IT may seem strange to the beginner in the study of Christian Science that problem after problem will come into his experience; and even to the older student at times it may seem as if something has arisen that is not good—that a great trial or tribulation has come upon him. Each experience of this kind may well be said, however, to be a blessing, since it enables one to learn more of the power, the supremacy, of God, good, and the powerlessness of evil in its every claim. There need never be any doubt as to the outcome, for evil's claims are only false assertions of power; and the more tenacious may seem to be the claim the more powerful God will be seen to be. Another privilege that such an experience affords is that of proving one's loyalty, fidelity, and gratitude to God—proving that it is not the loaves and the fishes that have inspired his faith, but a deep, consecrated, holy desire to do God's will as he understands it, in face of and in spite of evil's assertiveness.

Christian Science enables one to work out his salvation from every claim of evil; but in order to do so, evil must become to him unreal. Since each is working out his life-problem, and since there is only one Life, God, each problem really means the destruction in thought of everything that is unlike or foreign to the Life which is God. It means the destruction of the beliefs of an evil past, through the refusal to be mesmerized into believing that there was ever an evil past in reality. It means refusing to give evil any place in thought, even as a memory. It means reducing evil to what it is, an illusion or delusion, neither person, nor place, nor thing, without presence or power, without history, past or present, and without a future—nothing. This is not done in a moment, but each experience gives us added power to press on; and by purifying our thoughts we purify our acts, and thus our lives. The Bible tells us that the pure in heart see God; and as we see God, Life, we see the illusory nature of the vanities and impurities of the misconception of life. We are then being born again, as Christ Jesus said we must be. Mrs. Eddy, our inspired and beloved Leader, has told us in "Miscellaneous Writings" (p. 15): "The new birth is not the work of a moment. It begins with moments, and goes on with years; moments of surrender to God, of childlike trust and joyful adoption of good; moments of self-abnegation, self-consecration, heaven-born hope, and spiritual love."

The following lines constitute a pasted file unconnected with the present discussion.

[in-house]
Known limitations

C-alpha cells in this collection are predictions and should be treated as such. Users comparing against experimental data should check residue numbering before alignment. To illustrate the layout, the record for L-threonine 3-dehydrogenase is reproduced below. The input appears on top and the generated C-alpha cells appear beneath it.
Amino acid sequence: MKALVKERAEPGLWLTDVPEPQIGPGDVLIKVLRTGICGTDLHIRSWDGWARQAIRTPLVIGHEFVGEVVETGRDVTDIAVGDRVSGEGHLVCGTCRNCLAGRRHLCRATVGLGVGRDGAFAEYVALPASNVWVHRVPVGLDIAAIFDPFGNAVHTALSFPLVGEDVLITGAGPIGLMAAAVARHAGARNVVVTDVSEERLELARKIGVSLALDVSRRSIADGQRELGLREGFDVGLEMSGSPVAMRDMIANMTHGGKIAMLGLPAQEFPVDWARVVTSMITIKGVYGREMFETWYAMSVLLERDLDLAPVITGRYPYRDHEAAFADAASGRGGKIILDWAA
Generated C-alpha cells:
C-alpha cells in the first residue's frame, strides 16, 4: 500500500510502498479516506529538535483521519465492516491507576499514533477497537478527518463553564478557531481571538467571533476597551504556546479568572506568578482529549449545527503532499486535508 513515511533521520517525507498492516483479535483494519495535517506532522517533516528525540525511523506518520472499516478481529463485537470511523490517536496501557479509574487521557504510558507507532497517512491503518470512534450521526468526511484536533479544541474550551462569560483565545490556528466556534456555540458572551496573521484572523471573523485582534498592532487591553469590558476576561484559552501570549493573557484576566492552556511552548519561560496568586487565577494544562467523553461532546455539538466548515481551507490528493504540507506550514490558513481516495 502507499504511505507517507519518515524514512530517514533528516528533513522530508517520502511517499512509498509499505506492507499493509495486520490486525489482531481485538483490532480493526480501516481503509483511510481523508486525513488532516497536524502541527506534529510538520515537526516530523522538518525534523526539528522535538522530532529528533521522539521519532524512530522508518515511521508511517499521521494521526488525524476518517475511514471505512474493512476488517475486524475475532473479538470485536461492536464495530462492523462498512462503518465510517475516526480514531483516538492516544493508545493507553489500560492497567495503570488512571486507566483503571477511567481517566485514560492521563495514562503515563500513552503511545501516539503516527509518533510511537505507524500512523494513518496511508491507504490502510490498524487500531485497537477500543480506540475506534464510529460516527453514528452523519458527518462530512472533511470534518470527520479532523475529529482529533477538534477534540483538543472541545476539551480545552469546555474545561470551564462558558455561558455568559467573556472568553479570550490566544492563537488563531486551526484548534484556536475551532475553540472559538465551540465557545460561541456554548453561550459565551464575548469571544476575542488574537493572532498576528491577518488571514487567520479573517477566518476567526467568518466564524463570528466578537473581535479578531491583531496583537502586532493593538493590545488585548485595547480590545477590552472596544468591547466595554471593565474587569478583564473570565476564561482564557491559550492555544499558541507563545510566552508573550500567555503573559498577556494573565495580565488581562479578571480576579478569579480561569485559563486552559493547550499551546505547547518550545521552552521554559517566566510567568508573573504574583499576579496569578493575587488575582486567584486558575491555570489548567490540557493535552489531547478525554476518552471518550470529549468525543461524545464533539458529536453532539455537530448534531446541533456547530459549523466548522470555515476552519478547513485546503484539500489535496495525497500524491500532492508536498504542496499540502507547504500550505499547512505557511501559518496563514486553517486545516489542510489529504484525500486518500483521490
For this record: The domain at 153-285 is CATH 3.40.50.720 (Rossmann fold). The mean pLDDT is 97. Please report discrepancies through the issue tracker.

It is indeed encouraging to know that no problem ever comes up that is greater than our ability may be to solve it. Error would try to make us think differently, but we can, with God's guidance, prove every claim of evil to be false. If we will ponder and realize what Paul has so assuringly written, it will enable us to stand firmer in the so-called evil hour, and to remain standing: "There hath no temptation taken you but such as is common to man: but God is faithful, who will not suffer you to be tempted above that ye are able; but will with the temptation also make a way to escape, that ye may be able to bear it." "Fear not, little flock; for it is your Father's good pleasure to give you the kingdom," said Christ Jesus.

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Casting out the Old for the New
February 18, 1928

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